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One in 100 Americans Behind Bars

One in 100 Americans are incarcerated, straining state budgets without delivering a clear return on public safety, the Pew Center on the States reports. The new report concludes that states spent $49 billion on incarcerations, up from $11 billion 20 years ago. Meanwhile, national recidivist rates have not decreased; one in two ex-cons find themselves back in jail within three years.


Some states are decreasing costs by placing low-risk offenders in less costly settings. Some also use intermediate sanctions for parolees that violate the terms of their parole, instead of taking them back in custody. What's up America? Why are so many people behind bars? Is the population increasingly dangerous? Or, are we unable to come up with creative ways of addressing societal issues?

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love_fashion07 love_fashion07 8 years
it's sad :(
snowbunny11 snowbunny11 8 years
Legalize prostitution and drugs!
Michelann Michelann 8 years
Janneth- You have a right to seek out health care (see: liberty) but certainly nobody is entitled to health care they can't afford. Health care costs money. Drugs, technology, and certainly a doctor's time and experience are expensive things. Nobody has a right to ask for anything at somebody else's expense. The story you told is certainly very sad, but it only appeals to emotion and doesn't give any reason why health care is a RIGHT. "Rights" typically mean you have the freedom to do something, and not that somebody else owes you something. It is not my responsibility to take care of all the sick people in this country, regardless of whether or not they put themselves into that position. And by the way, show me in the Constitution where it says you have a right to "Life, liberty, and the pursuit of happiness". You can't, because it doesn't.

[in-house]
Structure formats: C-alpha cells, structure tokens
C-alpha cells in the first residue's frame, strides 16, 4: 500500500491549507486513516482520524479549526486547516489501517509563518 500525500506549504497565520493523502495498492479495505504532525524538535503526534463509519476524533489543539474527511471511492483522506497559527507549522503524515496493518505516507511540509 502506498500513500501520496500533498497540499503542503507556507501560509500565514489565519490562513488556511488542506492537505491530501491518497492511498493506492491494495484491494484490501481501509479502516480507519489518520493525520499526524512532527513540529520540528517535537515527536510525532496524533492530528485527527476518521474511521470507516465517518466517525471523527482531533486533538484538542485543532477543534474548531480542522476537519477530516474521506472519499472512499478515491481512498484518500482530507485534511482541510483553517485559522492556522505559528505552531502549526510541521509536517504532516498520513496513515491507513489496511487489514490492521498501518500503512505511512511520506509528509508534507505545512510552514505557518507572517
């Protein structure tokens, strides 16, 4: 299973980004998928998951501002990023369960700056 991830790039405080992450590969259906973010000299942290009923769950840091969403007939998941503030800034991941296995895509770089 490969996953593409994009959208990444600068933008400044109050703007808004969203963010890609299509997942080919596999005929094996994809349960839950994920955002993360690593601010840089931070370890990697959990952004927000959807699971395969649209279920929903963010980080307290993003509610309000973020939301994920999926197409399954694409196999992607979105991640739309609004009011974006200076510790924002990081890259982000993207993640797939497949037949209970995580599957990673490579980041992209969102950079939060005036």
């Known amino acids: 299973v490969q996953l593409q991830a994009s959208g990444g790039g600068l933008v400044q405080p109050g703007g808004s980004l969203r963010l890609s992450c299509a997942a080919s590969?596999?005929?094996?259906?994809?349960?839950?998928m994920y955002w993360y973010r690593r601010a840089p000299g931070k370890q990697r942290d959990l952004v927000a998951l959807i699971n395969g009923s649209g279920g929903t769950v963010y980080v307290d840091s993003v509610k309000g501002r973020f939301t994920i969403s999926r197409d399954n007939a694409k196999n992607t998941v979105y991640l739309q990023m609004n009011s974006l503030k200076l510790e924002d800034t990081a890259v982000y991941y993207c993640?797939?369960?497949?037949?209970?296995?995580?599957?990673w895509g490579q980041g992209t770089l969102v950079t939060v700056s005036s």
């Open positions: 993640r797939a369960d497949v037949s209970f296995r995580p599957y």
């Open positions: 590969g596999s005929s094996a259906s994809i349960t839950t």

trésjolie1 trésjolie1 8 years
Ooh, my bad, I meant my comment as a response to Catepillargirl not Whiplashgirl.
trésjolie1 trésjolie1 8 years
I'm a little late, I wrote like a 5 pages long comment last night, but I managed to delete it all while checking the spelling, so I left cursing my laptop. I can't get it all this time because I lost my patience, so this will be a shorter one. MMM: When you mentioned crime in Philly I thought you might have seen it. I haven't seen the last season yet, I'm gearing up to see it all at once. I think everyone should see it, it's just the best show there is out there. Whip: Maybe we are cousins! My mother is Norwegian, and I spent 3 years studying there, so I too know a whole lot about their system. Everything is more expensive there because their incomes are 30-40 % higher, if not more. So they pay a lot of taxes, but they have a better overall living standard then here in the US, because they have few poor, few really rich, while the middle class is strong and blooming. If you are in need of a surgery or treatment you'll get it, no matter if it would cost 200$ or 1 million$. There's no cherry picking. The only downside is the waiting lists for non critical treatments like say, hipsurgery or removing your tonsils, and you might have to wait weeks or even months. But you are covered, and you'll never loose your pension because you get fired at 50, because it's all through taxes. Norway is on the top of UNICEF's list of the best living conditions in the world, and have been top 5 the last ten years. Also, being Norwegian you are covered for any medical treatment in all of Europe, if you travel or live abroad. Scandinavians complain a lot. And they talk about the weather a lot. And then they complain about the weather a lot. But in a recent international survey they topped the list of the most happy people in the world; Iceland, Denmark, Norway being on top, the US being 21.(still pretty good) and Moldova being the most unhappy place. So underneath that stoic nature lies a happy person, they just don't know it! :true: